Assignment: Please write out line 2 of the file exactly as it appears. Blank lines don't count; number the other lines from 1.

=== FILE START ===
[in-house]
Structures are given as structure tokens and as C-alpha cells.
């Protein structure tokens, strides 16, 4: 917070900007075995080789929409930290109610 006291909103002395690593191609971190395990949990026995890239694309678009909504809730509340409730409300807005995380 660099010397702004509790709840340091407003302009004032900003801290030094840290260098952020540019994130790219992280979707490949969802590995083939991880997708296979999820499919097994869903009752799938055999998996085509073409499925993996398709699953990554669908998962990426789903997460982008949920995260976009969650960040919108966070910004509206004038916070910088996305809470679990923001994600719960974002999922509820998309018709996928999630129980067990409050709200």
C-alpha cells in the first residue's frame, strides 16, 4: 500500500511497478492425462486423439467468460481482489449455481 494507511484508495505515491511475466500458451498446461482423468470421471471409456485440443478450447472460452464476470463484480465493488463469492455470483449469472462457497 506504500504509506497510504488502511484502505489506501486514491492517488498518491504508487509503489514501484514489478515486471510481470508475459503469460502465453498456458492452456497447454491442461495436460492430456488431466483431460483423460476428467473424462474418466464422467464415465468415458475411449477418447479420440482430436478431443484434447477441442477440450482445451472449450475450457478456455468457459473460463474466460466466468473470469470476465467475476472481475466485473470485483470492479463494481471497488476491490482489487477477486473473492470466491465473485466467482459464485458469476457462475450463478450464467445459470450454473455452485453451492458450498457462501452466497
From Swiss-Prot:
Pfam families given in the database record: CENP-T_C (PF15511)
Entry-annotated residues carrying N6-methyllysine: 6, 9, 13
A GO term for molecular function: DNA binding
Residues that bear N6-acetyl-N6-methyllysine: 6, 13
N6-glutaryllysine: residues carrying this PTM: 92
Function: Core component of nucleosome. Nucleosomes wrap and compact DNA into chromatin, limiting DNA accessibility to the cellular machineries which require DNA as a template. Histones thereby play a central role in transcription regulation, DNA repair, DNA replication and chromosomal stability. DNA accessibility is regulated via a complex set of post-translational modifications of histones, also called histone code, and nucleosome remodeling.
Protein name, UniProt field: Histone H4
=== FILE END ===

Structures are given as structure tokens and as C-alpha cells.